Boredom. It's a term we associate with negative feelings of listlessness, lack of stimulation, and dullness. But boredom can sometimes free the mind to wander and lead to creativity. For Domenico Crapanzano, boredom led to his co-founding of Fing, a leading provider of network scanning and device identification solutions.

Crapanzano had a background in finance and was the Managing Director of an investment banking firm. But he found himself searching for something more exciting. He recalls, "I was bored. I was in fixed income trading and traded bonds. The great thing about trading bonds is at 4:15 P.M., the market closes and you get to go home. The weekends are your weekends. In my spare time, I used to play a lot with devices in my home.  I probably have 250 devices connected in one way or another to my home network. I have the alarm, the camera, security, gates, telephone, and audio-video distribution connected. I even have IP-enabled actuators installed for the hot water pipes that go into the water heater." Crapanzano realized that connecting devices to his home network was a passion, and he turned that passion into the birth of Fing.

Crapanzano's involvement with Fing started as a user of the Fing application, whose two creators developed it as a hobby. The application was a mobile scanner that helped users identify what devices are connected to their network. Crapanzano loved the application and saw its future growth potential. So he contacted the creators and shared his ideas for expanding the tool. The fact that Crapanzano and the creators were Italian made for an amiable match. Crapanzano says, "We just clicked. They quit their job. I quit mine. And we started a company."

Crapanzano spent five years at Fing as CEO and Board Chairman. And in that time, he and his team grew the company into a global leader in device recognition technology for IoT. They expanded their offerings to include highly sophisticated device identification capabilities and network traffic analysis. Their tools are used for a wide range of consumer and industrial purposes ‒ anywhere from helping a home user determine if someone outside of the household is hijacking their Wi-Fi, helping a business inventory their network assets, and enabling a company like Disney to identify devices on which to provide parental controls.

Fing's product versatility has stimulated more than 40 million downloads and the building of a crowdsourced database of information on 40 billion devices. Their customer base includes home users, home automation installers, and a variety of  IT, security, networking, telecommunications companies and consumer electronics retailers.

Although Fing's expansion was successful, it was exhausting a lot of money ‒ much of it Crapanzano's. So to drive more revenue into the company, Fing decided to monetize their technology by licensing it to enterprises.  But Crapanzano realized that to stimulate even more revenue, the company needed to monetize the consumer side of the business, something that was difficult to do.  Crapanzano said, "I didn't think we had the resources to do that on ourselves. So it was either go out and raise money, or see what's out there. So I hired an advisor. I also entertained some discussions on my own and quickly realized that I wasn't getting anywhere or I wasn't being taken seriously. So I stopped that and eventually approached Corum mostly to gauge the market. I just wanted to understand whether it made sense to look for external funding to fuel expansion or to part with the company and allow it to go onto the next stage. "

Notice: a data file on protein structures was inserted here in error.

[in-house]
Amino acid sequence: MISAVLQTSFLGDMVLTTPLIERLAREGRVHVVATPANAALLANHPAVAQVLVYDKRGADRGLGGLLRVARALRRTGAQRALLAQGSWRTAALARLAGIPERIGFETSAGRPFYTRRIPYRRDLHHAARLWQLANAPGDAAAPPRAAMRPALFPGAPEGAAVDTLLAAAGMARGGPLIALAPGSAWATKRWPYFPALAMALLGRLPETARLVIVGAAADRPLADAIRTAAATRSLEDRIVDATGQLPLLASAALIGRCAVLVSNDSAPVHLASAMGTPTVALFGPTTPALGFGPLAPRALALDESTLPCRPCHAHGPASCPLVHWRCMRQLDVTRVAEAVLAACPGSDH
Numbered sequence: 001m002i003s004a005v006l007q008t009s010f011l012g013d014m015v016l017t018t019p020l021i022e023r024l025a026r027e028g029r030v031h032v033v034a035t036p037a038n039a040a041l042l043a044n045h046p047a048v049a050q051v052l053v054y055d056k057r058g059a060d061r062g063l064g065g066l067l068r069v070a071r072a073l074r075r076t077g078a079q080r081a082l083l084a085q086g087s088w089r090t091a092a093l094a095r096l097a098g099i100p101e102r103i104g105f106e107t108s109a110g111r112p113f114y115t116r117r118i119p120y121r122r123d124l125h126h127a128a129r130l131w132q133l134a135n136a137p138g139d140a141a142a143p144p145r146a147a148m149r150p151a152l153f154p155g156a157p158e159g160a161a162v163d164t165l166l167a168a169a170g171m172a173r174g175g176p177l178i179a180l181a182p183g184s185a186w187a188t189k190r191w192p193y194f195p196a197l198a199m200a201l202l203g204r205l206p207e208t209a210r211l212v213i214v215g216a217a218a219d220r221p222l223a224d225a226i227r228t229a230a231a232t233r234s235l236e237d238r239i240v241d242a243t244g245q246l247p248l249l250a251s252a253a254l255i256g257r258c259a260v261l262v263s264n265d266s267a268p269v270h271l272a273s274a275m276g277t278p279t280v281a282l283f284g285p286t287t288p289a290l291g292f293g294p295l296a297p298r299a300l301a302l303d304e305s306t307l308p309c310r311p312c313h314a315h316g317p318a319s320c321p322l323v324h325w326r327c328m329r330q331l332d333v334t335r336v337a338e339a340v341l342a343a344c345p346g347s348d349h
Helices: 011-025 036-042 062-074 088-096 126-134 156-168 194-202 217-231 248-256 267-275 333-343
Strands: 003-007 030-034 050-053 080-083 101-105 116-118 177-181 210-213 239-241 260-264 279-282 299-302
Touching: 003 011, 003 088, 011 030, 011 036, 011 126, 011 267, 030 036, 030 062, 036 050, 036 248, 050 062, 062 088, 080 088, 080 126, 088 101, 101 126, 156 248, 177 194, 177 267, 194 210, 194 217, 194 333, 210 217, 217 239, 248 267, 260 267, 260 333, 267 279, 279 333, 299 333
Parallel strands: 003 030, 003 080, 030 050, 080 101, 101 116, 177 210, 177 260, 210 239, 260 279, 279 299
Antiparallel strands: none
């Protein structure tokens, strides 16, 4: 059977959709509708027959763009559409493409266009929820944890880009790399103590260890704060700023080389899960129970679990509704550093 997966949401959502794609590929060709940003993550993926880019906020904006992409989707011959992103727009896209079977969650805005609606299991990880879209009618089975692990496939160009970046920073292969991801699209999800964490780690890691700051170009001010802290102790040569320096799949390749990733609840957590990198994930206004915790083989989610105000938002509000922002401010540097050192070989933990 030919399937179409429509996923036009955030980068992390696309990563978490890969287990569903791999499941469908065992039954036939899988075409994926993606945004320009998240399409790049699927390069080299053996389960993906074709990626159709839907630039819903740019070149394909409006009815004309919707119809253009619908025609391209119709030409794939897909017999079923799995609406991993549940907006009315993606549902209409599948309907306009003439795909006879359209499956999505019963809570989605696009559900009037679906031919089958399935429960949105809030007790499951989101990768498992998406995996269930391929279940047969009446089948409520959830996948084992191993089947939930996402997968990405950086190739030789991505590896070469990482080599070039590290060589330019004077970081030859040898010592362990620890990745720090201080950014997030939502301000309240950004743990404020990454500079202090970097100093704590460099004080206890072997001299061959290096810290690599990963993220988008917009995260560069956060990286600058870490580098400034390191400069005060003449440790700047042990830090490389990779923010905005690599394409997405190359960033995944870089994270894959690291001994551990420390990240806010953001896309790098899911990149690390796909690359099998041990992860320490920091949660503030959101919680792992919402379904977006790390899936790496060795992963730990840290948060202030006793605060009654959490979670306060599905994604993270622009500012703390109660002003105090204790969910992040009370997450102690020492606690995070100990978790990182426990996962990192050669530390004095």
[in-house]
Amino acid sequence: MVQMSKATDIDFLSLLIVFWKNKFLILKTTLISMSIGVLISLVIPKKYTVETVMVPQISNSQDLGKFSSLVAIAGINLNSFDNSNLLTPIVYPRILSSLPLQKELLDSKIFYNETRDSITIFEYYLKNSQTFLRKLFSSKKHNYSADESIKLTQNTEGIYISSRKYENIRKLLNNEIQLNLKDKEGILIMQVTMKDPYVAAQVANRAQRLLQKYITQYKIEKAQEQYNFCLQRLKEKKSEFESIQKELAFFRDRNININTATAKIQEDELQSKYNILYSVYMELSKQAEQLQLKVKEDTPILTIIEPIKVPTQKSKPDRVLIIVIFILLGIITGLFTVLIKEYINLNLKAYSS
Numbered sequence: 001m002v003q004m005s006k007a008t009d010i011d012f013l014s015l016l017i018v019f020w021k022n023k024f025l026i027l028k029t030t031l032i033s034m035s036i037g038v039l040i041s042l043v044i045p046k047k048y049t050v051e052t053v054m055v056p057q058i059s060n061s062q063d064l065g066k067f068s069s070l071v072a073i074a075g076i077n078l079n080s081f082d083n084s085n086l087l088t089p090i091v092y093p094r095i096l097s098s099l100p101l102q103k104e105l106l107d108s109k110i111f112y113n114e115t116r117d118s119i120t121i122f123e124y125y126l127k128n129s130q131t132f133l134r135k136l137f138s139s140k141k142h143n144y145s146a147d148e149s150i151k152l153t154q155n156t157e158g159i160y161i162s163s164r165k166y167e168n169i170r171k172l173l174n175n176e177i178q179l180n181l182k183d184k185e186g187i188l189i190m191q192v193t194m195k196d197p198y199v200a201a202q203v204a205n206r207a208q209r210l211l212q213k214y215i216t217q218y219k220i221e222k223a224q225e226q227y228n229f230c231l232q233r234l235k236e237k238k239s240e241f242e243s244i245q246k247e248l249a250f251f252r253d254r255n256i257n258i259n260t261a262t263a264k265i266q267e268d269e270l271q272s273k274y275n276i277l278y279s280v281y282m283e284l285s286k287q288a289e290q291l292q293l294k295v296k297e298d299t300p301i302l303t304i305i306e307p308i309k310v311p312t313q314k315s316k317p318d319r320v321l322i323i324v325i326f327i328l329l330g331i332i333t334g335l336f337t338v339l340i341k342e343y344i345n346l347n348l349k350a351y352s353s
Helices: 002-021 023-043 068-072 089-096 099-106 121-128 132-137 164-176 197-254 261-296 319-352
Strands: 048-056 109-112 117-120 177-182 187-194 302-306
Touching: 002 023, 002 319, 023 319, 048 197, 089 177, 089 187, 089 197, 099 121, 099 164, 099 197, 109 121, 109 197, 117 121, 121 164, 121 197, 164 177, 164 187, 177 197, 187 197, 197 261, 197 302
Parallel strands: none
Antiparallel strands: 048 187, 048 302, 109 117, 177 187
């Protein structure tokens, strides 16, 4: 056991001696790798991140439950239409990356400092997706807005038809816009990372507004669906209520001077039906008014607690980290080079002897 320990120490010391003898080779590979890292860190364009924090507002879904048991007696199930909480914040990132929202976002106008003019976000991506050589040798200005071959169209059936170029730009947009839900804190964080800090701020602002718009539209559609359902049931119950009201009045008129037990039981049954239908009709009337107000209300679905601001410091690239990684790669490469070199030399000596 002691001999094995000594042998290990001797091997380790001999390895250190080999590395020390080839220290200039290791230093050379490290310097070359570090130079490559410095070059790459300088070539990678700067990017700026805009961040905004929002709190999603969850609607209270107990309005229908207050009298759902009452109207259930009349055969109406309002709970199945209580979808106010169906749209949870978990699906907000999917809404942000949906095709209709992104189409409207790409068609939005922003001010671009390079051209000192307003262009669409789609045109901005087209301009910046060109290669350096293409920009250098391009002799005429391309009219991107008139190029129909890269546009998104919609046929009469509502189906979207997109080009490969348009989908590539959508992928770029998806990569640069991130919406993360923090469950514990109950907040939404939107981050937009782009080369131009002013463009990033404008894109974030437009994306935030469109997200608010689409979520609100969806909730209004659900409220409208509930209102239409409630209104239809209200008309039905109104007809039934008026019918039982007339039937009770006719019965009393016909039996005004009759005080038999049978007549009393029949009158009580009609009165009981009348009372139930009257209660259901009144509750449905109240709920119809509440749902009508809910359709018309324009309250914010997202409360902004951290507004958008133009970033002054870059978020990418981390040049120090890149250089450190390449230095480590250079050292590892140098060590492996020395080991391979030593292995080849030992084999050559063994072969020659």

The initial engagement Crapanzano had with Corum was in Seattle in early March 2020, a time in which the city was experiencing the first COVID case in the United States. However, despite this unlucky coincidence, the involvement rapidly drew benefits for Fing. By April, Corum had developed a list of more than 100 possible suitors for the company and ultimately, Fing got six offers. Crapanzano was gratified by the variety of companies that took part in the bidding competition. He put it this way, "The interesting thing was that the company made sense to different people for different reasons. Some valued the consumers and the brand, and some valued the technology. We had a wide mix of prospects from those in cybersecurity, IT asset management, retailing, and manufacturing. Most of it was strategic interest. I was pleasantly surprised by the amount of interest that we generated.

Ultimately, Fing was acquired by Belgium-based IT asset management company Lansweeper. In making the purchase, Lansweeper added Fing's unique device identification and IT network discovery capabilities to its product portfolio. Interestingly, Fing had pursued Lansweeper as a possible buyer before contacting Corum. However, Crapanzano is clear about the value a trusted advisor like Corum with a proven M&A process has to a successful sale. He says, "I don't think we would have achieved the result that we did without going through the competitive process that Corum enabled. I'm sure of that." The entire process, from initial contact with Corum to final sale, took only seven months.

Crapanzano gained two valuable insights during the M&A process. The first was the importance of crafting the right story for a potential buyer, something Corum's team helped hone.  Crapanzano says, "It was our story, but Corum forced us to be a lot more logical about it and a lot more efficient in telling that story." The second insight is to invest the required effort in due diligence. "You can tell a story, but you also need to put numbers in a story," according to Crapanzano.  He recalls the due diligence period as exhaustive, with a lot of pulling of documents and numbers. But the effort was well worth it. As Crapanzano says, "The first three months were a pain to go through everything. But when it got into gear and we started getting offers, that was really fun."